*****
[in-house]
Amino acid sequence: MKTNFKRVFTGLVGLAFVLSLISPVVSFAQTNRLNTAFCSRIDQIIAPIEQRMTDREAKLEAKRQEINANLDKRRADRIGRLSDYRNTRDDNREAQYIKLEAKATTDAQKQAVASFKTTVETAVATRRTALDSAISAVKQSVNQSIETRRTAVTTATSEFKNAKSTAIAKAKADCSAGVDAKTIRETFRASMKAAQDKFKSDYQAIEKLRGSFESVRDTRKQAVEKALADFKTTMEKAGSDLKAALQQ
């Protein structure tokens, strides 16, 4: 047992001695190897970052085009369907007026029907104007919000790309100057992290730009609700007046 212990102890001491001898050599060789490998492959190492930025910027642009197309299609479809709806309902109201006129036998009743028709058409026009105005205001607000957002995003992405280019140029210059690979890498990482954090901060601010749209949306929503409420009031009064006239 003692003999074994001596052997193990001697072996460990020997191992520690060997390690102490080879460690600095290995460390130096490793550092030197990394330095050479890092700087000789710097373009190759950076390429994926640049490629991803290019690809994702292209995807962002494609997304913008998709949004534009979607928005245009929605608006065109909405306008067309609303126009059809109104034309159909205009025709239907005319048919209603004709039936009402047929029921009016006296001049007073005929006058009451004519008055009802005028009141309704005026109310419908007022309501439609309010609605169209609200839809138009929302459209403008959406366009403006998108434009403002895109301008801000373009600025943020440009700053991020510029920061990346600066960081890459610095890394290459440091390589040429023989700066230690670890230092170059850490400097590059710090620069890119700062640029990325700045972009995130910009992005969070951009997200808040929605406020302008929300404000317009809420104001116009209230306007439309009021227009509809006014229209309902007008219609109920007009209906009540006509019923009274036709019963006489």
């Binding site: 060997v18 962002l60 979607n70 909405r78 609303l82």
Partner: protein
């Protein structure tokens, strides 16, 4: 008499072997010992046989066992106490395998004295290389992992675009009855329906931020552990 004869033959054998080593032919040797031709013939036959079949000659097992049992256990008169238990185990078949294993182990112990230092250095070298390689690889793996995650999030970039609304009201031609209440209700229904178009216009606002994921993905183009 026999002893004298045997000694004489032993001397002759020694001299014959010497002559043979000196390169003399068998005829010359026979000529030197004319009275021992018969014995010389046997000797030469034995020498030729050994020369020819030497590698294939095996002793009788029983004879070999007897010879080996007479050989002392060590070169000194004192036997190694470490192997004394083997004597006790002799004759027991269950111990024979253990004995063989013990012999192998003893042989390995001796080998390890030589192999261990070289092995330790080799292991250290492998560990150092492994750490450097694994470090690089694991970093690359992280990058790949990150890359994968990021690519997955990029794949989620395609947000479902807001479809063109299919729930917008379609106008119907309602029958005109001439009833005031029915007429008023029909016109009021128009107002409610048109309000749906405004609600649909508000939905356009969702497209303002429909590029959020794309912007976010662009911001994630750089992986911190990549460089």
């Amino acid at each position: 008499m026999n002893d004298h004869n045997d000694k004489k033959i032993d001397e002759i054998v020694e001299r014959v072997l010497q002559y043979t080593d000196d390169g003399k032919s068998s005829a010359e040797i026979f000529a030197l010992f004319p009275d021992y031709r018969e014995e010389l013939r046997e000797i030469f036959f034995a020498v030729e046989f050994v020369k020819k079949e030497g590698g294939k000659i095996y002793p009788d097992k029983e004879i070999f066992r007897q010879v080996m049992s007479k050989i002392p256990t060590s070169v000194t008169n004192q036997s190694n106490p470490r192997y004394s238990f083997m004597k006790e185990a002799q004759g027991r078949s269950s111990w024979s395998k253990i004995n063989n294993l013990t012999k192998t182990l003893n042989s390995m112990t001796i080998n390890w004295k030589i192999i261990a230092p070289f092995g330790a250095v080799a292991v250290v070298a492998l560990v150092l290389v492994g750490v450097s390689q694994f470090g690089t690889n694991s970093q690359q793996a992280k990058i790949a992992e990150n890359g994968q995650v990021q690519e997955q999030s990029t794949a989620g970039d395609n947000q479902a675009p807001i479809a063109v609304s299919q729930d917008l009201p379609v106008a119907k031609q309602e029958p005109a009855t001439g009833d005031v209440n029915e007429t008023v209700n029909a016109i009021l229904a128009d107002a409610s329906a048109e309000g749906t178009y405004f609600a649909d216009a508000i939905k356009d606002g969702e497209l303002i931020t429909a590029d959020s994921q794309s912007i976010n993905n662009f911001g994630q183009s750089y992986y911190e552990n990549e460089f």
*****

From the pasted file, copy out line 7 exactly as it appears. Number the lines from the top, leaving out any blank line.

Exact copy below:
């Amino acid at each position: 008499m026999n002893d004298h004869n045997d000694k004489k033959i032993d001397e002759i054998v020694e001299r014959v072997l010497q002559y043979t080593d000196d390169g003399k032919s068998s005829a010359e040797i026979f000529a030197l010992f004319p009275d021992y031709r018969e014995e010389l013939r046997e000797i030469f036959f034995a020498v030729e046989f050994v020369k020819k079949e030497g590698g294939k000659i095996y002793p009788d097992k029983e004879i070999f066992r007897q010879v080996m049992s007479k050989i002392p256990t060590s070169v000194t008169n004192q036997s190694n106490p470490r192997y004394s238990f083997m004597k006790e185990a002799q004759g027991r078949s269950s111990w024979s395998k253990i004995n063989n294993l013990t012999k192998t182990l003893n042989s390995m112990t001796i080998n390890w004295k030589i192999i261990a230092p070289f092995g330790a250095v080799a292991v250290v070298a492998l560990v150092l290389v492994g750490v450097s390689q694994f470090g690089t690889n694991s970093q690359q793996a992280k990058i790949a992992e990150n890359g994968q995650v990021q690519e997955q999030s990029t794949a989620g970039d395609n947000q479902a675009p807001i479809a063109v609304s299919q729930d917008l009201p379609v106008a119907k031609q309602e029958p005109a009855t001439g009833d005031v209440n029915e007429t008023v209700n029909a016109i009021l229904a128009d107002a409610s329906a048109e309000g749906t178009y405004f609600a649909d216009a508000i939905k356009d606002g969702e497209l303002i931020t429909a590029d959020s994921q794309s912007i976010n993905n662009f911001g994630q183009s750089y992986y911190e552990n990549e460089f």